Bust of Augustus, great nephew of Julius Caesar (Photo: Bibi Saint-Pol/Wikipedia)
What does the face of power look like? Who gets commemorated in art and why? And how do we react to statues of politicians we deplore? In her new book Twelve Caesars: Images of Power from the Ancient World to the Modern, noted classicist Mary Beard tells the story of how for more than two millennia portraits of the rich, powerful, and famous in the western world have been shaped by the image of Roman emperors, especially the “Twelve Caesars,” from the ruthless Julius Caesar to the fly-torturing Domitian. She asks why these murderous autocrats have loomed so large in art from antiquity and the Renaissance to today, when hapless leaders are still caricatured as Neros fiddling while Rome burns.
Beginning with the importance of imperial portraits in Roman politics, Beard offers a tour through 2,000 years of art and cultural history, presenting a fresh look at works by artists from Memling and Mantegna to the 19th-century American sculptor Edmonia Lewis, as well as by generations of weavers, cabinetmakers, silversmiths, printers, and ceramicists.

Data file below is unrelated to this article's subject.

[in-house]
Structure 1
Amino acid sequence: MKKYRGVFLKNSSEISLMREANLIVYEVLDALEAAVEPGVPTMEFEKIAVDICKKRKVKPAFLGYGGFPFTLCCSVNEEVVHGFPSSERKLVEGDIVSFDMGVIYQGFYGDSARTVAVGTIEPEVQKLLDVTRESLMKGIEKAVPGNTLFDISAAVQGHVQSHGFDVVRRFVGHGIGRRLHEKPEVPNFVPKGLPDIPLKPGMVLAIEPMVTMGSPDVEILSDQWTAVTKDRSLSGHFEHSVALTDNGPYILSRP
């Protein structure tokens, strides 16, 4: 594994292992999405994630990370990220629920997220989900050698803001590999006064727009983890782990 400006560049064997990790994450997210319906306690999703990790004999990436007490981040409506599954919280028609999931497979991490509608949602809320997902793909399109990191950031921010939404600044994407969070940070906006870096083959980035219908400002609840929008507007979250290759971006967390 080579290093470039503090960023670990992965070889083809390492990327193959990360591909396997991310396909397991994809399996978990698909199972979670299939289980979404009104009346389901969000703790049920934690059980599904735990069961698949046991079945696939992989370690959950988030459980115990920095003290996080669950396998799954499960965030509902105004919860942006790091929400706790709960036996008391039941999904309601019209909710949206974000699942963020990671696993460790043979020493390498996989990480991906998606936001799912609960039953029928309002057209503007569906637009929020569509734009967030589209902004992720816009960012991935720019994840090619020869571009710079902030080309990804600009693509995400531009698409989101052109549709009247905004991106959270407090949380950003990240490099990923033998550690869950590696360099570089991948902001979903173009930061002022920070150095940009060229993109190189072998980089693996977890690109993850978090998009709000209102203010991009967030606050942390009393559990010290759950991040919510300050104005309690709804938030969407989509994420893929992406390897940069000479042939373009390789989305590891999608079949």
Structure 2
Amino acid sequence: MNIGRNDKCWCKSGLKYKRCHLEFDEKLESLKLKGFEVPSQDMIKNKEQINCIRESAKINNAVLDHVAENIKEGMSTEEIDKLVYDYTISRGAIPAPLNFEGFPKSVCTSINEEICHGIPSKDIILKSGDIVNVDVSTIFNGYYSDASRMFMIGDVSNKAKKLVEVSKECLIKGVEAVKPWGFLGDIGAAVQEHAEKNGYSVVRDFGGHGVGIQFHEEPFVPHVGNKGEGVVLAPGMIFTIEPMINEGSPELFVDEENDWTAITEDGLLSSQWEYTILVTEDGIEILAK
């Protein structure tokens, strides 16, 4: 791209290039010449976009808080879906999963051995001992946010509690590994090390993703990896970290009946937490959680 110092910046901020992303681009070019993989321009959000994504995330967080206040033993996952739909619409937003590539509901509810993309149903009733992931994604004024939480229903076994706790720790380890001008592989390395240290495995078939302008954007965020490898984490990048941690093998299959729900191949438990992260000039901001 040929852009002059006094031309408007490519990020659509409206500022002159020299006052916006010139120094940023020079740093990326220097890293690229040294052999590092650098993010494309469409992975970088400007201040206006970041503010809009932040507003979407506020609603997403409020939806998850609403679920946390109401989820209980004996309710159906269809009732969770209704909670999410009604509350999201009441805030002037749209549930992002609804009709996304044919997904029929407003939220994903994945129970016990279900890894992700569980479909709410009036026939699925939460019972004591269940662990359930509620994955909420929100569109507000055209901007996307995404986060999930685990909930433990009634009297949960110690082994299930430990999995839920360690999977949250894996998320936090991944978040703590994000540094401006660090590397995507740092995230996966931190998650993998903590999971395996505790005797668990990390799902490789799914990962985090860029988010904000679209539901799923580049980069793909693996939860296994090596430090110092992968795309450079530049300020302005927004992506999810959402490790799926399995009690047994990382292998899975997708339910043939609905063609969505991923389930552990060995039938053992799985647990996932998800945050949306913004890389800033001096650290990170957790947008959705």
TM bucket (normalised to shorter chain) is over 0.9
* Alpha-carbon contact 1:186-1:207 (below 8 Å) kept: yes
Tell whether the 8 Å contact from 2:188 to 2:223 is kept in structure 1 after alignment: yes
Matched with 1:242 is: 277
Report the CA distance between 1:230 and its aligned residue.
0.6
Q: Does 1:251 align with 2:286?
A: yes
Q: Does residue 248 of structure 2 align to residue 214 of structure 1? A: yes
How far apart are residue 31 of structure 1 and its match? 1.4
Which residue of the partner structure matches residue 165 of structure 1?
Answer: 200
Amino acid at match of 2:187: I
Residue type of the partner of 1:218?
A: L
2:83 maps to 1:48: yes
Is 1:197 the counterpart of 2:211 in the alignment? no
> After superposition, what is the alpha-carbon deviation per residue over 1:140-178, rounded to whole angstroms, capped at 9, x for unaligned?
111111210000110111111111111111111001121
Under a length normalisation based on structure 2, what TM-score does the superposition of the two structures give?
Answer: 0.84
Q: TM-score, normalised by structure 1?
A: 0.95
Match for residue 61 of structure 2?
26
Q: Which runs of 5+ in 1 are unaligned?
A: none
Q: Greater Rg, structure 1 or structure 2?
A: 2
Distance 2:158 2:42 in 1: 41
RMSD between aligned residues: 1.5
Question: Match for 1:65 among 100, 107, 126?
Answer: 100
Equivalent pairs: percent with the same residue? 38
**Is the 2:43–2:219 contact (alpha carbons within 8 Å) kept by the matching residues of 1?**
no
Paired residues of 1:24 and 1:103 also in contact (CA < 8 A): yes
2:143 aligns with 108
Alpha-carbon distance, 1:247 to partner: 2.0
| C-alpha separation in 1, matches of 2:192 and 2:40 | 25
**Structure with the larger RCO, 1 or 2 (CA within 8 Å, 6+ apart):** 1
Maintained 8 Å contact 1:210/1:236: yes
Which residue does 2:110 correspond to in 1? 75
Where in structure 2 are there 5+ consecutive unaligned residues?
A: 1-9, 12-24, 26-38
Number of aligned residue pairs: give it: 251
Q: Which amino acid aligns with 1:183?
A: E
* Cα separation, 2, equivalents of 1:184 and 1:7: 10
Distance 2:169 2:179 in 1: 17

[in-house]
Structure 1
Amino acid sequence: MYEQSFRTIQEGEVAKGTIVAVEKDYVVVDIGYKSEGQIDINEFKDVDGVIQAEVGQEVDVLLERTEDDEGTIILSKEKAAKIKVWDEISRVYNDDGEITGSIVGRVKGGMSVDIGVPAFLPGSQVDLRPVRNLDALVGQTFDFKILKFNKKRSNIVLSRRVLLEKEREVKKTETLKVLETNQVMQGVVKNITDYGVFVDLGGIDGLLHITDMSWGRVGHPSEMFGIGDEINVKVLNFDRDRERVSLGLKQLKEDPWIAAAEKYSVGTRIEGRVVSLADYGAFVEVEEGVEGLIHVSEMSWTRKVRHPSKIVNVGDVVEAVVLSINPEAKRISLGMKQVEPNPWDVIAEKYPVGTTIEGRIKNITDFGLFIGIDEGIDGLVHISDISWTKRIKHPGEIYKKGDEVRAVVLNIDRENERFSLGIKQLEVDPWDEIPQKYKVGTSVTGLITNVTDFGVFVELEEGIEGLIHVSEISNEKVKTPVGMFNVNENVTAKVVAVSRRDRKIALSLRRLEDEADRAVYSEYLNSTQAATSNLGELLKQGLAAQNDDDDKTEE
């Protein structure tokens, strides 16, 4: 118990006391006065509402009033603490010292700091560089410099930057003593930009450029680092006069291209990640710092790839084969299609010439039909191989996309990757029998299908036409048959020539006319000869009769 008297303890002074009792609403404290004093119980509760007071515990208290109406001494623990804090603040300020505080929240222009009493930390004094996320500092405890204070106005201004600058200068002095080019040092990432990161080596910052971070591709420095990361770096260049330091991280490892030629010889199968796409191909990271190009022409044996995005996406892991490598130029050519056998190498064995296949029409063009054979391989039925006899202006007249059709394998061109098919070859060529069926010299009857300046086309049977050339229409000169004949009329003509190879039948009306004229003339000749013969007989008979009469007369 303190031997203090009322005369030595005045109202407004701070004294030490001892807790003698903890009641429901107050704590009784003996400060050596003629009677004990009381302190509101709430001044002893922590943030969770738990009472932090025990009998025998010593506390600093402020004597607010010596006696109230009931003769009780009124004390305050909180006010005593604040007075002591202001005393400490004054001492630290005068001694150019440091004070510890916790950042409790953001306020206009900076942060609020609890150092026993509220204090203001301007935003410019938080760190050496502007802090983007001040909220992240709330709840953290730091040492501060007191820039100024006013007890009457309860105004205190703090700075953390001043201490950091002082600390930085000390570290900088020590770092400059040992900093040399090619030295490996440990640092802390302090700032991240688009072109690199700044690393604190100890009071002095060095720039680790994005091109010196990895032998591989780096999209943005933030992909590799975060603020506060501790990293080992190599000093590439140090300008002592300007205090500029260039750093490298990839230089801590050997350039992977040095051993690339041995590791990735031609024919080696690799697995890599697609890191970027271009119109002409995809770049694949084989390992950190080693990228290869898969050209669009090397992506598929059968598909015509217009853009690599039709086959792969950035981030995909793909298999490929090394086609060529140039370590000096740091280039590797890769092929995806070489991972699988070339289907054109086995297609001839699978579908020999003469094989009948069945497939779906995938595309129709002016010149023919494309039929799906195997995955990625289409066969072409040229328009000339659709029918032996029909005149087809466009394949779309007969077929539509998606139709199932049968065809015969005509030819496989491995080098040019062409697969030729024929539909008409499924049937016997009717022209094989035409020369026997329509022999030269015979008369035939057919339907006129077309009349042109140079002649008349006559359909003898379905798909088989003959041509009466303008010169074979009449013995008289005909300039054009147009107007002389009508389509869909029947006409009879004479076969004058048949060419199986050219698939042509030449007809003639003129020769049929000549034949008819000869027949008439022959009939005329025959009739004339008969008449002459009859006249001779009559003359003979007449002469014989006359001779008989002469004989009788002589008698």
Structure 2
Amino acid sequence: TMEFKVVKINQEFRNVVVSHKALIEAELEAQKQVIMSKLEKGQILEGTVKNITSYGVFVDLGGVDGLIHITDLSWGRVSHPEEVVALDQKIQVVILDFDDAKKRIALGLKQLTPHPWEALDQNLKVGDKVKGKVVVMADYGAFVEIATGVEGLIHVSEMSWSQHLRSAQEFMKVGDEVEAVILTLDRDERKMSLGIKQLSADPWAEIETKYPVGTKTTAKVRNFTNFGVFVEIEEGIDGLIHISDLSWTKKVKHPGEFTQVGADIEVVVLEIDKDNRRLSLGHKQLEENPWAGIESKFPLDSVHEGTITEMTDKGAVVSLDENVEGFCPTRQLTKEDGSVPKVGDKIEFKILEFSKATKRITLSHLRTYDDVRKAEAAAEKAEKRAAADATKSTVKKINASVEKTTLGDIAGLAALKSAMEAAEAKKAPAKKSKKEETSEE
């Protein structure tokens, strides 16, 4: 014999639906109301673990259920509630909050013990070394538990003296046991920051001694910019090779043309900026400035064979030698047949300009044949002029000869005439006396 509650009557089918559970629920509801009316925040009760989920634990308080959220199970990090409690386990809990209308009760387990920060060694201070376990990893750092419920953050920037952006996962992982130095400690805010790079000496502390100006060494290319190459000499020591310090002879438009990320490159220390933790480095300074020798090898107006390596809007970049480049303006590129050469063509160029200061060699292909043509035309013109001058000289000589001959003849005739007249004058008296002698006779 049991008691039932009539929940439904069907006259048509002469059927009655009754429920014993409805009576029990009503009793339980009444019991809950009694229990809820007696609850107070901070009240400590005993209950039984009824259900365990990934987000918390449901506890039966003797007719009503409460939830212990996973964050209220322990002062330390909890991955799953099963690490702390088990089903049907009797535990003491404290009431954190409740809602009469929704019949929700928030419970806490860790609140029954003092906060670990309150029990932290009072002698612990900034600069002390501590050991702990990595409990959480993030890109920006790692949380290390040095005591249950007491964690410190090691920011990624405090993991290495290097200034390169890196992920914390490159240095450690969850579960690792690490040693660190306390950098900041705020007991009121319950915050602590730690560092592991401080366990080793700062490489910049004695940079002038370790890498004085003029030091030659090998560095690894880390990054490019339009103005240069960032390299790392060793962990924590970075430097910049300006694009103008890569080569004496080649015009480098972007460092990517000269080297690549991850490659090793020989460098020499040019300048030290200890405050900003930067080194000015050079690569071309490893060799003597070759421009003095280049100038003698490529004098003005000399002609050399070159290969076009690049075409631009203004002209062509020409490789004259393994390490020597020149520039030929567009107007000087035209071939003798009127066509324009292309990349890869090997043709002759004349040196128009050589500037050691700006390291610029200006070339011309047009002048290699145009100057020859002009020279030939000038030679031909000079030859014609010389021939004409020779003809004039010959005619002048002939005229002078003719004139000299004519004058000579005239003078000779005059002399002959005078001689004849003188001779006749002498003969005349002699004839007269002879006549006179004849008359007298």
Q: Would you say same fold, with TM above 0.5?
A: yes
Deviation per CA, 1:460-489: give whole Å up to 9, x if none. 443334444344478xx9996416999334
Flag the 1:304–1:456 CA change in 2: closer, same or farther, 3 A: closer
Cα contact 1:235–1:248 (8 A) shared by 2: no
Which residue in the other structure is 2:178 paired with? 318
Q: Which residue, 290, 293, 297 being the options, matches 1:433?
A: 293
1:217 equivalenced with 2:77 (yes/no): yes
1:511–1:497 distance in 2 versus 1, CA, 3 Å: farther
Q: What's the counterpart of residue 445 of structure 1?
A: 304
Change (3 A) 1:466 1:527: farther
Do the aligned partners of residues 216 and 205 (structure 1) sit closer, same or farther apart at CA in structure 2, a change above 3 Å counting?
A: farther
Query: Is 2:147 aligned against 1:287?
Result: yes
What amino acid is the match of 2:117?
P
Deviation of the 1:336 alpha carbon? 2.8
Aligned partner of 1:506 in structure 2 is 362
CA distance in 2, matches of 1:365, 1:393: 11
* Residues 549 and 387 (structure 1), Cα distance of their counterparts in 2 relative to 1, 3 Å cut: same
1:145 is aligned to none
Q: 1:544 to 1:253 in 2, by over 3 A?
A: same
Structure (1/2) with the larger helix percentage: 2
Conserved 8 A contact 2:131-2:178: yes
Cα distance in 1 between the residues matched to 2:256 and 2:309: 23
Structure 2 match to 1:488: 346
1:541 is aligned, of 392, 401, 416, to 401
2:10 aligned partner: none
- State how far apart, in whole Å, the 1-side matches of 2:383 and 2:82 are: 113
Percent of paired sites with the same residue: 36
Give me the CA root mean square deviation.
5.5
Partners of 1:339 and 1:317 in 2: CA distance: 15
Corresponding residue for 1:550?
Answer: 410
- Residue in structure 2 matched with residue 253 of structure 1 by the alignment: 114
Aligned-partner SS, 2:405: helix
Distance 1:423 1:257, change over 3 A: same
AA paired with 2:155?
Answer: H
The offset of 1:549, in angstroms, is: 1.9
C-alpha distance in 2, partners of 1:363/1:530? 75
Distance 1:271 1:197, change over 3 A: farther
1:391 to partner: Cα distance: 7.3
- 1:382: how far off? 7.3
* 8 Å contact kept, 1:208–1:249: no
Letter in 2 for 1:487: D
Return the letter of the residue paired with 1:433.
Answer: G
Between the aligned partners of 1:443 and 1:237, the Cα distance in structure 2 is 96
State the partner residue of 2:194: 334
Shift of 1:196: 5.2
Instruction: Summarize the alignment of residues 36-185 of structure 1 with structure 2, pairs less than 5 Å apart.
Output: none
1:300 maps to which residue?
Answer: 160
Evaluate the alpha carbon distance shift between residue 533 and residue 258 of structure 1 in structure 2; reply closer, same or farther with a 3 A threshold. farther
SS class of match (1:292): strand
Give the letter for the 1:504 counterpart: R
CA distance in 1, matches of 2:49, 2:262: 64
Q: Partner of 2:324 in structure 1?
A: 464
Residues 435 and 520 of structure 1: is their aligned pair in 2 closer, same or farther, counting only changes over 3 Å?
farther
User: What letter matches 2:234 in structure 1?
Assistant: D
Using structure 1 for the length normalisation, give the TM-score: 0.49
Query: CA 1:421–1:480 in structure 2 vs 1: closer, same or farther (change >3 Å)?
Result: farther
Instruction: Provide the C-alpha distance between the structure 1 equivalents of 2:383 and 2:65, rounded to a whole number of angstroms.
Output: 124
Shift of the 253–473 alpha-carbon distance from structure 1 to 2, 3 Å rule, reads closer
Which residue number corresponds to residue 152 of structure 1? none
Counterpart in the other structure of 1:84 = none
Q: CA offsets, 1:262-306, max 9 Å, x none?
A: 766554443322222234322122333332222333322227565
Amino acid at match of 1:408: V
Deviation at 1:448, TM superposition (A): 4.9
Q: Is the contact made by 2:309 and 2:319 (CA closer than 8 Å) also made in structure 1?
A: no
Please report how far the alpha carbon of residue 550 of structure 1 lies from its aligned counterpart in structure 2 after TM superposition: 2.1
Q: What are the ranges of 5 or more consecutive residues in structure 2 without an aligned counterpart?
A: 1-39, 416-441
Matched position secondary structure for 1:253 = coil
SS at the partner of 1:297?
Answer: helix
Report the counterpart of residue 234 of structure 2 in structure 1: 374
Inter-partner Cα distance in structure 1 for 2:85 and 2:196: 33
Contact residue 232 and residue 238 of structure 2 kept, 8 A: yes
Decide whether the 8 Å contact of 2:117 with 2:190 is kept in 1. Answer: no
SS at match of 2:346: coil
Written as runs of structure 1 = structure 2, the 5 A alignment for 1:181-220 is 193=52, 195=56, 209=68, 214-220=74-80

Rather than a story of a simple repetition of stable, blandly conservative images of imperial men and women, Twelve Caesars is an unexpected tale of changing identities, clueless or deliberate misidentifications, fakes, and often ambivalent representations of authority.
In conversation with Maya Jasanoff, Coolidge professor of history at Harvard University, hear Beard discuss her fascinating detective work, offering a gripping story of some of the most challenging and disturbing portraits of power ever created, from Titian’s extraordinary lost Room of the Emperors to Henry VIII’s famous Caesarian tapestries.
Copies of Twelve Caesars (Princeton University Press) are available for purchase.
World Art History Certificate elective: Earn 1/2 credit*
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